What I use: I have three 8 GB 300x Lexar cards, plus a grab bag of old 2GB and 1GB cards for emergencies.  I can take about 600 RAW images per 8 GB card, and thatís plenty for me, for now.

3. Circular Polarizer ($60)

    Brandenburg Gate    

A polarizer can also help you attain a longer shutter speed.

A polarizer is a must if youíre shooting in bright sunlight.  I donít like shooting in bright sunlight but sometimes you have no choice.  Circular polarizers cut down on reflections and allow you to lengthen your shutter speed or use a wider aperture, whether youíre in blazing bright sunlight or trying to streak lights at dusk.  Sizes vary, so make sure you buy one that will fit the lens you want to use it on.

What I use: I personally love Singh Ray polarizers.  They fit in a Cokin holder, which means I can use a single polarizer on all of my lenses, regardless of the lensí filter size.  These cost more, but one perfect image justifies that cost.

4. Tripod/monopod ($100/each)

Yes, Iím cheating a little since these are two items and you shouldnít think, ďdo I need a tripod or monopod?Ē since they each have their own specific function. I would buy both.  I realize itís no fun to carry these around, but they are necessary.  You want a nice night shot?  You need a tripod.  Shooting landscapes?  You need a tripod.  Shooting your son or daughterís soccer game?  You need a monopod.  If youíre shooting with a long lens (200mm or higher) you NEED a monopod to cut down on camera movement.  Itís hard enough freezing movement on the field without introducing movement on your end.  Need to follow action?  You can turn on a dime with a monopod, because they are easy to maneuver.  Using a monopod also means you donít have to bear the weight of your long lens and camera; you can let the ground support it.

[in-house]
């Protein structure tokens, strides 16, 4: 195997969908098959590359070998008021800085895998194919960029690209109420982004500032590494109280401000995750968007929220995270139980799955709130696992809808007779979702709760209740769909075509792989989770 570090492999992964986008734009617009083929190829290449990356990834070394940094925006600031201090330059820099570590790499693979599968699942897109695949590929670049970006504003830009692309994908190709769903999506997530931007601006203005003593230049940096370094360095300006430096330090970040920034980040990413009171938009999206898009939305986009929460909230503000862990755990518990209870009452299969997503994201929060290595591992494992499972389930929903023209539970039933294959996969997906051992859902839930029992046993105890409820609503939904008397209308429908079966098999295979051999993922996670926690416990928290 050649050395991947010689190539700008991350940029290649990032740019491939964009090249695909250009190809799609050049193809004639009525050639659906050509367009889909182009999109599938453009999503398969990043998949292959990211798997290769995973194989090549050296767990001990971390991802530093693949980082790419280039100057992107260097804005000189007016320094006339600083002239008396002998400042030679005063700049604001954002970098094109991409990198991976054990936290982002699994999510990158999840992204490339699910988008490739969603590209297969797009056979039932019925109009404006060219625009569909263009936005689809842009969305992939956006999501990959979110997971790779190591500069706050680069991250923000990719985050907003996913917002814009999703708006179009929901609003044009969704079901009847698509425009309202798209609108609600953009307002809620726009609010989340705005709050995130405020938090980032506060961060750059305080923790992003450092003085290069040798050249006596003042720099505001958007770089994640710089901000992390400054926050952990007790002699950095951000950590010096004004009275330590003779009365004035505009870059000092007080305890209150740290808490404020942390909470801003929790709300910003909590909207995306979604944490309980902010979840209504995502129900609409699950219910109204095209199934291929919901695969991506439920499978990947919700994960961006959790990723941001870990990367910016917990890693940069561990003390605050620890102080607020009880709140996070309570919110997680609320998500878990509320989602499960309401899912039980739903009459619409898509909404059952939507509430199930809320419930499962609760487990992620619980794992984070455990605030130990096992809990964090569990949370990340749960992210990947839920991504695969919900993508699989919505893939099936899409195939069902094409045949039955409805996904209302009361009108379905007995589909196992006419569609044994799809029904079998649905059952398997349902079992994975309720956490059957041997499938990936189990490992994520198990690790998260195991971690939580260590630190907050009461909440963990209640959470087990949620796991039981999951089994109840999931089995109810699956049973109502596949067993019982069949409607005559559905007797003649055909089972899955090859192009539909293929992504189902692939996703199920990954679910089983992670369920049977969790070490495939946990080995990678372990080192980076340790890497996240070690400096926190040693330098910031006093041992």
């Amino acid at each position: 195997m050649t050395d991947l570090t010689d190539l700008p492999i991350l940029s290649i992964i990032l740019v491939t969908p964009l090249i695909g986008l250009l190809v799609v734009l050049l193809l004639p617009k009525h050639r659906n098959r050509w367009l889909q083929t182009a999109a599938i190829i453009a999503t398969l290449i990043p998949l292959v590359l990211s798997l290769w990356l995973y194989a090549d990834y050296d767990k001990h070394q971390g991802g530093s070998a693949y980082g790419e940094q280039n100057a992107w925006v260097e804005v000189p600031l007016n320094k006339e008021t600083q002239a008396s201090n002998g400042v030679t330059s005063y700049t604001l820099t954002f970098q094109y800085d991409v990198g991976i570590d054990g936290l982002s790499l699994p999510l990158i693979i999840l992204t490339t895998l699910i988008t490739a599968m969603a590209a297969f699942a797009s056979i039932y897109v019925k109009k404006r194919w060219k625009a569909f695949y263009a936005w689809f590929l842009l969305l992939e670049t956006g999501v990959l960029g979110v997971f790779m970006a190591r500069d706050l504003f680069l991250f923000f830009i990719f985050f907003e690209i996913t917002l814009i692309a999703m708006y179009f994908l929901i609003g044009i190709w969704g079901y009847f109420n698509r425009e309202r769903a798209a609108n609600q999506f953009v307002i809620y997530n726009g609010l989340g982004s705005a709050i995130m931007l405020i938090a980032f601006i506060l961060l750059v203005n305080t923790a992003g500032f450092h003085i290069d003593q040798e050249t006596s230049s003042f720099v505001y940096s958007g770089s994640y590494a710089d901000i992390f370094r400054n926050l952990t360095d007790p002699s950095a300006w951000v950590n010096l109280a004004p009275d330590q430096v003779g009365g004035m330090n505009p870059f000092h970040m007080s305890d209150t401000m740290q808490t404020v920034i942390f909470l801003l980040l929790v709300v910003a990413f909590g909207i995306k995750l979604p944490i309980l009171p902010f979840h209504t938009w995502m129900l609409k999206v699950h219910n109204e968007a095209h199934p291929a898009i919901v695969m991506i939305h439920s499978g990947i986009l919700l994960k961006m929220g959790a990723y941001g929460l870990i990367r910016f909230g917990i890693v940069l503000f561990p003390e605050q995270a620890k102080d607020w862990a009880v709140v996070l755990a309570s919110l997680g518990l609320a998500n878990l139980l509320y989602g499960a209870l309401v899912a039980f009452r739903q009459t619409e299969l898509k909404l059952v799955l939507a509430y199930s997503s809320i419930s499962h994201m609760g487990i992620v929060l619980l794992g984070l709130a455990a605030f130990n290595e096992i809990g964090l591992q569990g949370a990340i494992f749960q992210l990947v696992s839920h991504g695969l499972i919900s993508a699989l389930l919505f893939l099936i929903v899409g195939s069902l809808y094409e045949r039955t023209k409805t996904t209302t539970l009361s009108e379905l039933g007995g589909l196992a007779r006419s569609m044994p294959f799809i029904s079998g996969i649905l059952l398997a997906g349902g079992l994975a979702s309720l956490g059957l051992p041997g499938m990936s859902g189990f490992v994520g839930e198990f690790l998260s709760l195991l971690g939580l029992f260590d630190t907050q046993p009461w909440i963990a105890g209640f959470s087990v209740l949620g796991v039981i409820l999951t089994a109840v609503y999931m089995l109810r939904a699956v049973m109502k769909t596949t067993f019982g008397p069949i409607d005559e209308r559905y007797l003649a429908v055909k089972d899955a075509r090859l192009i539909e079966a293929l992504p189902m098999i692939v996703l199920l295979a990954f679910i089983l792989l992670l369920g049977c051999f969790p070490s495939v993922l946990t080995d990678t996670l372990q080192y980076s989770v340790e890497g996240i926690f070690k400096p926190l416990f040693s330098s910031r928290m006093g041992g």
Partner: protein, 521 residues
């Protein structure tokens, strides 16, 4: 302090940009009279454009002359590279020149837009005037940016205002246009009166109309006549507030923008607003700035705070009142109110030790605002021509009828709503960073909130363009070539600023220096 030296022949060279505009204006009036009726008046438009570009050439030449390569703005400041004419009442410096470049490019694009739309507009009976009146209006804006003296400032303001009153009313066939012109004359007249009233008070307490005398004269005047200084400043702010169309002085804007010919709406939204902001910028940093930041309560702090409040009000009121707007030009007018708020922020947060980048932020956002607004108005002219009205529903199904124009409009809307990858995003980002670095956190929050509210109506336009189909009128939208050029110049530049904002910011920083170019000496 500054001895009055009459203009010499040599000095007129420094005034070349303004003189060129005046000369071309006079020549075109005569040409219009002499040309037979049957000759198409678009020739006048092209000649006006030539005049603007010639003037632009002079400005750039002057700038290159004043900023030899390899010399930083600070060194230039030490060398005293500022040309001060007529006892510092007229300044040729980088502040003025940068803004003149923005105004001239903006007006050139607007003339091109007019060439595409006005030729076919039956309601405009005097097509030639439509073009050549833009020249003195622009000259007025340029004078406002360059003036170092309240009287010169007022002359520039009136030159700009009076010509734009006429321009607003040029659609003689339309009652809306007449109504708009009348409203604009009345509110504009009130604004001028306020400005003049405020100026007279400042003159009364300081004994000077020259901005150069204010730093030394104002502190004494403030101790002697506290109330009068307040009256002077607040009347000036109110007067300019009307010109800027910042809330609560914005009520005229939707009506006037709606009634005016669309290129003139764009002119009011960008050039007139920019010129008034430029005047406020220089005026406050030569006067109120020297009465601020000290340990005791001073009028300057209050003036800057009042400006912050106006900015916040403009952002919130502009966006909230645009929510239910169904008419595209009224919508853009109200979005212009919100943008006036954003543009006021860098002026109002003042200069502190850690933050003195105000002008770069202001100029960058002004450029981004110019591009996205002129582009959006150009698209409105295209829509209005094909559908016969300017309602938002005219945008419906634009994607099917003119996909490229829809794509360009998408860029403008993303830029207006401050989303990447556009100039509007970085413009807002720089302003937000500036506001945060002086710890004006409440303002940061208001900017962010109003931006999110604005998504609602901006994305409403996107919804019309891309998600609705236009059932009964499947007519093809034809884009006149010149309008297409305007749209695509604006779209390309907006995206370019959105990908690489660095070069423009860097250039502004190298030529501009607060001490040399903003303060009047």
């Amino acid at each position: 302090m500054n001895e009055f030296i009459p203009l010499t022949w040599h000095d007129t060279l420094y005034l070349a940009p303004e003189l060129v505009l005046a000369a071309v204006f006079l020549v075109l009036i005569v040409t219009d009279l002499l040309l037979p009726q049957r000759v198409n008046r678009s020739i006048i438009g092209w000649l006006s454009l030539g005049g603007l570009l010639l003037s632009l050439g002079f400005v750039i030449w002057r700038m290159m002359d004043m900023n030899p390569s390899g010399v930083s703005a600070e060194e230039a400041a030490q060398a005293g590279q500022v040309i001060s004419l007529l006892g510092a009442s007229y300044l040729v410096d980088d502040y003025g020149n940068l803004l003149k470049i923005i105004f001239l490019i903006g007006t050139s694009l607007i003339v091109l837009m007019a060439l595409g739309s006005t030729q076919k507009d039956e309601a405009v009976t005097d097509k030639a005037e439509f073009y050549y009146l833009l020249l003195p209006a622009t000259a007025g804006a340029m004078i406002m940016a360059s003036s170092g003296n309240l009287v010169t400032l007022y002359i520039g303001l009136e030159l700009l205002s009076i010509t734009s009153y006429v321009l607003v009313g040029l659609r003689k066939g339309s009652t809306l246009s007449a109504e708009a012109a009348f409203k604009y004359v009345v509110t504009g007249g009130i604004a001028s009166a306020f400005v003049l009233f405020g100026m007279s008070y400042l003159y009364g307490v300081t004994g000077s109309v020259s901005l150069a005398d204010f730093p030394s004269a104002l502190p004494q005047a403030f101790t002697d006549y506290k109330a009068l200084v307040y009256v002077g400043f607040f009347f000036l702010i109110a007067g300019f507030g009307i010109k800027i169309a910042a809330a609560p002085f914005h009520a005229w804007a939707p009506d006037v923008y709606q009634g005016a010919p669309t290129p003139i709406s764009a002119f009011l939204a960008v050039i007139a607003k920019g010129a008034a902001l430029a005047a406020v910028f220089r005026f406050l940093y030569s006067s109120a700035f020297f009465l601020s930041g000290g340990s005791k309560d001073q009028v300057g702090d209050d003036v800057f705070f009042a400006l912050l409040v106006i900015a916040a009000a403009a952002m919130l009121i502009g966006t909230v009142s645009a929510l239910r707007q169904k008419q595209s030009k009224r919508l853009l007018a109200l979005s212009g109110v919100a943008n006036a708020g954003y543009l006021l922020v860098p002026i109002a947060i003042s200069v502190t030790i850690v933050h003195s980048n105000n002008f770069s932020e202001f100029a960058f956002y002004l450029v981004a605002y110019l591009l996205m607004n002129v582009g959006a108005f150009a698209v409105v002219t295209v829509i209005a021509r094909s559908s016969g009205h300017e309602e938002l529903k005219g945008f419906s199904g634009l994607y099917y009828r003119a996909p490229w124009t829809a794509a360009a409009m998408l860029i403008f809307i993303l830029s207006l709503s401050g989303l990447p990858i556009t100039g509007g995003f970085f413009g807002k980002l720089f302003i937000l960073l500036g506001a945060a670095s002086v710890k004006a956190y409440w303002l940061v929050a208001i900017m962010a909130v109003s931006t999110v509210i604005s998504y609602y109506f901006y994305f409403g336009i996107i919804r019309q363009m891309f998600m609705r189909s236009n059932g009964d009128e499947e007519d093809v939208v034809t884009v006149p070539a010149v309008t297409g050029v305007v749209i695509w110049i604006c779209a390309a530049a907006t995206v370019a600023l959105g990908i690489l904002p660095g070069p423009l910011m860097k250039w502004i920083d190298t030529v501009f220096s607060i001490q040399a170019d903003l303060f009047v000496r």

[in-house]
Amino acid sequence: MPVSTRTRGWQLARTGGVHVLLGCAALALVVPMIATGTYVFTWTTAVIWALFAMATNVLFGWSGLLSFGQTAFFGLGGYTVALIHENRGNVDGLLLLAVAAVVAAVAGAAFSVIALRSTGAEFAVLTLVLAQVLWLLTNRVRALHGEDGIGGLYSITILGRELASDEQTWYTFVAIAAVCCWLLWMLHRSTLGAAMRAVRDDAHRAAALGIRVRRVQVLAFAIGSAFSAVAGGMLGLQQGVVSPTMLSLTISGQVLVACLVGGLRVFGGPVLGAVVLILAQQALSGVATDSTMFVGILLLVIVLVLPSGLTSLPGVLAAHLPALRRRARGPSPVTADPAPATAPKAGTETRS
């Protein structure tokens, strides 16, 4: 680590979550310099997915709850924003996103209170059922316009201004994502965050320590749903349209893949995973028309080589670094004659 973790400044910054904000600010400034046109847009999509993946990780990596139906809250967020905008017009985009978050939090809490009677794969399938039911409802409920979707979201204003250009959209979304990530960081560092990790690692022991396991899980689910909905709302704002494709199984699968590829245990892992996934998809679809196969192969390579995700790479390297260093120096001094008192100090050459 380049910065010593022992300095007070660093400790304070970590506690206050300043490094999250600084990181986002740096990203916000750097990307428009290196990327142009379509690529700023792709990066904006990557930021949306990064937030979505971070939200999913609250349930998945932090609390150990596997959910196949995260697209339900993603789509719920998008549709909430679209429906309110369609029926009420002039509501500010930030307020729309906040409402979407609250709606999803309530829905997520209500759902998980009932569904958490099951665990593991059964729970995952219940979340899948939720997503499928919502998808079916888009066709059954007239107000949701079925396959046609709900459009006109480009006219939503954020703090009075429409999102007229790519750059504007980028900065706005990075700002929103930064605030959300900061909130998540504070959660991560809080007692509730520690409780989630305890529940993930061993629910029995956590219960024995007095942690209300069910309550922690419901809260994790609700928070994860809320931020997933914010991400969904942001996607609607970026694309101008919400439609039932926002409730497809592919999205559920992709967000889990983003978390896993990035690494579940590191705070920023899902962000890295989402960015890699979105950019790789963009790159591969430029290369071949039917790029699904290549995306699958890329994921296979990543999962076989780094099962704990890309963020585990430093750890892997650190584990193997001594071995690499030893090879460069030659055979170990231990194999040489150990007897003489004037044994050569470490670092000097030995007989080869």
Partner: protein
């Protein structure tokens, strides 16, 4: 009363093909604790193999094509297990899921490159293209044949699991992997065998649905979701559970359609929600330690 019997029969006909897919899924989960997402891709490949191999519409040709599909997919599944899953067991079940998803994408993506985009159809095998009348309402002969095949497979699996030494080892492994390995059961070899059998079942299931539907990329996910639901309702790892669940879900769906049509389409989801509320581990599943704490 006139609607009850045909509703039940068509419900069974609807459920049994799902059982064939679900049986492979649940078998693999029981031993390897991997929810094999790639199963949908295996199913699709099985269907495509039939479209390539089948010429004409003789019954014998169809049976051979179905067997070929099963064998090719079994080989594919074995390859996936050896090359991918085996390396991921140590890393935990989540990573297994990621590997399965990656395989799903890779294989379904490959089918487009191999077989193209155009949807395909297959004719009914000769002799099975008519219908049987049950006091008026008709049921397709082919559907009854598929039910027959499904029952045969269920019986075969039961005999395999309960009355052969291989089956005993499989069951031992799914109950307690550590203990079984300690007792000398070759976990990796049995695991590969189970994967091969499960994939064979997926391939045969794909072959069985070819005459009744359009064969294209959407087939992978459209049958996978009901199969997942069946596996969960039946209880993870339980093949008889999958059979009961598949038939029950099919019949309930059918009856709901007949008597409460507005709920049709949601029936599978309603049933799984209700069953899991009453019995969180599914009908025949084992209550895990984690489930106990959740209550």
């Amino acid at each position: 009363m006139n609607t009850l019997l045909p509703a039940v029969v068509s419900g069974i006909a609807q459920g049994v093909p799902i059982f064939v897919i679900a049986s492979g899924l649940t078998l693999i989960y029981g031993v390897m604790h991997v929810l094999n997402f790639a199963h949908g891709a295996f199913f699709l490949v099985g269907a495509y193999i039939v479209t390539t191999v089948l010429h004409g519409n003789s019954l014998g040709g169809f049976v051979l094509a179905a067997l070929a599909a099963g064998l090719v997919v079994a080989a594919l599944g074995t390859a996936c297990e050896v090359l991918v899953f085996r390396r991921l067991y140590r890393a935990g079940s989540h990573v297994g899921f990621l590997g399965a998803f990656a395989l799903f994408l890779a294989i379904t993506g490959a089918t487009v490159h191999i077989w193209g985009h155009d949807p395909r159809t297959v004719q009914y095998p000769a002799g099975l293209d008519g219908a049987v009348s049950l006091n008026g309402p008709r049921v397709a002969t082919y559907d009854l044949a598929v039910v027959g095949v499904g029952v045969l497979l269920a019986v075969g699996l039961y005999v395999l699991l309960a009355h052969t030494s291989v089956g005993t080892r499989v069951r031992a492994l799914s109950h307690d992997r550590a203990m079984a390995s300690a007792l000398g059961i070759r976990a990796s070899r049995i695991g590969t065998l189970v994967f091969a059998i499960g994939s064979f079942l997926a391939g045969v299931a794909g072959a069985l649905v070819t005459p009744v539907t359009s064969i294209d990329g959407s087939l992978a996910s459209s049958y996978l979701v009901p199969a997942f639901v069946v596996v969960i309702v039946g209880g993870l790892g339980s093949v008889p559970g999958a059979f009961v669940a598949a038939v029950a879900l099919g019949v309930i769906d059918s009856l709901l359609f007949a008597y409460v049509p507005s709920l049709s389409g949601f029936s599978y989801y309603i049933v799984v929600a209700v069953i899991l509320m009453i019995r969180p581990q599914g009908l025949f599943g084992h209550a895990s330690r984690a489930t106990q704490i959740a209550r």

If youíre trying to keep your camera perfectly still, you need the extra support of a tripod.  Which tripod you choose depends on your budget, how much support you need, and how much weight youíre willing to lug around.

Professional tripods and monopods come in two partsólegs and the head. You can mix and match them to fit your needs.